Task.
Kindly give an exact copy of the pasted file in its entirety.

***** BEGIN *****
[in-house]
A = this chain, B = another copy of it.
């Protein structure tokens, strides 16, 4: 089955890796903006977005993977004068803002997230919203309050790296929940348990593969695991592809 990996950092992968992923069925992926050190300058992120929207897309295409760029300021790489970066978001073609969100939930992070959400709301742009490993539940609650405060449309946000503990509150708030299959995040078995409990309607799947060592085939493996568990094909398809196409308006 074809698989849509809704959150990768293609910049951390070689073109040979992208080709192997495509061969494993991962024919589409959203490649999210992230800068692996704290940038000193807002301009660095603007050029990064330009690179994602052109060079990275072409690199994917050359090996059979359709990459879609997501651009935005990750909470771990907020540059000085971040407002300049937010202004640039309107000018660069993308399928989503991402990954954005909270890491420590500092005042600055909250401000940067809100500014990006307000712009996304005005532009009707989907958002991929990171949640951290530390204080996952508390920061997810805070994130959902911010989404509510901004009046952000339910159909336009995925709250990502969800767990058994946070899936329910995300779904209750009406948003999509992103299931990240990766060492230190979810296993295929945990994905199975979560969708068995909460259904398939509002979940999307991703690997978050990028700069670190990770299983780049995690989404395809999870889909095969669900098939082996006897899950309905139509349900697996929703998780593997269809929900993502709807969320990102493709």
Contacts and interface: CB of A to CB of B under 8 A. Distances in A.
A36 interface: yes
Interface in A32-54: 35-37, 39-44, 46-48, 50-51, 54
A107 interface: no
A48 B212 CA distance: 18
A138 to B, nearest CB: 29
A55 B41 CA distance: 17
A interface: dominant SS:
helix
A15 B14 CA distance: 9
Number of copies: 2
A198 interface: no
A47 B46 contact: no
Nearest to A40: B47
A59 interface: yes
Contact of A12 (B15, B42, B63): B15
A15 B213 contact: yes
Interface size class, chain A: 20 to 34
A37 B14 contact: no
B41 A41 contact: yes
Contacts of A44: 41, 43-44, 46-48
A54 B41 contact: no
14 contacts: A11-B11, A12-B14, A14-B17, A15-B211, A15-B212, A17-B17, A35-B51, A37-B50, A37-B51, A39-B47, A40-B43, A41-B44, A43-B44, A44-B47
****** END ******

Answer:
[in-house]
A = this chain, B = another copy of it.
């Protein structure tokens, strides 16, 4: 089955890796903006977005993977004068803002997230919203309050790296929940348990593969695991592809 990996950092992968992923069925992926050190300058992120929207897309295409760029300021790489970066978001073609969100939930992070959400709301742009490993539940609650405060449309946000503990509150708030299959995040078995409990309607799947060592085939493996568990094909398809196409308006 074809698989849509809704959150990768293609910049951390070689073109040979992208080709192997495509061969494993991962024919589409959203490649999210992230800068692996704290940038000193807002301009660095603007050029990064330009690179994602052109060079990275072409690199994917050359090996059979359709990459879609997501651009935005990750909470771990907020540059000085971040407002300049937010202004640039309107000018660069993308399928989503991402990954954005909270890491420590500092005042600055909250401000940067809100500014990006307000712009996304005005532009009707989907958002991929990171949640951290530390204080996952508390920061997810805070994130959902911010989404509510901004009046952000339910159909336009995925709250990502969800767990058994946070899936329910995300779904209750009406948003999509992103299931990240990766060492230190979810296993295929945990994905199975979560969708068995909460259904398939509002979940999307991703690997978050990028700069670190990770299983780049995690989404395809999870889909095969669900098939082996006897899950309905139509349900697996929703998780593997269809929900993502709807969320990102493709």
Contacts and interface: CB of A to CB of B under 8 A. Distances in A.
A36 interface: yes
Interface in A32-54: 35-37, 39-44, 46-48, 50-51, 54
A107 interface: no
A48 B212 CA distance: 18
A138 to B, nearest CB: 29
A55 B41 CA distance: 17
A interface: dominant SS:
helix
A15 B14 CA distance: 9
Number of copies: 2
A198 interface: no
A47 B46 contact: no
Nearest to A40: B47
A59 interface: yes
Contact of A12 (B15, B42, B63): B15
A15 B213 contact: yes
Interface size class, chain A: 20 to 34
A37 B14 contact: no
B41 A41 contact: yes
Contacts of A44: 41, 43-44, 46-48
A54 B41 contact: no
14 contacts: A11-B11, A12-B14, A14-B17, A15-B211, A15-B212, A17-B17, A35-B51, A37-B50, A37-B51, A39-B47, A40-B43, A41-B44, A43-B44, A44-B47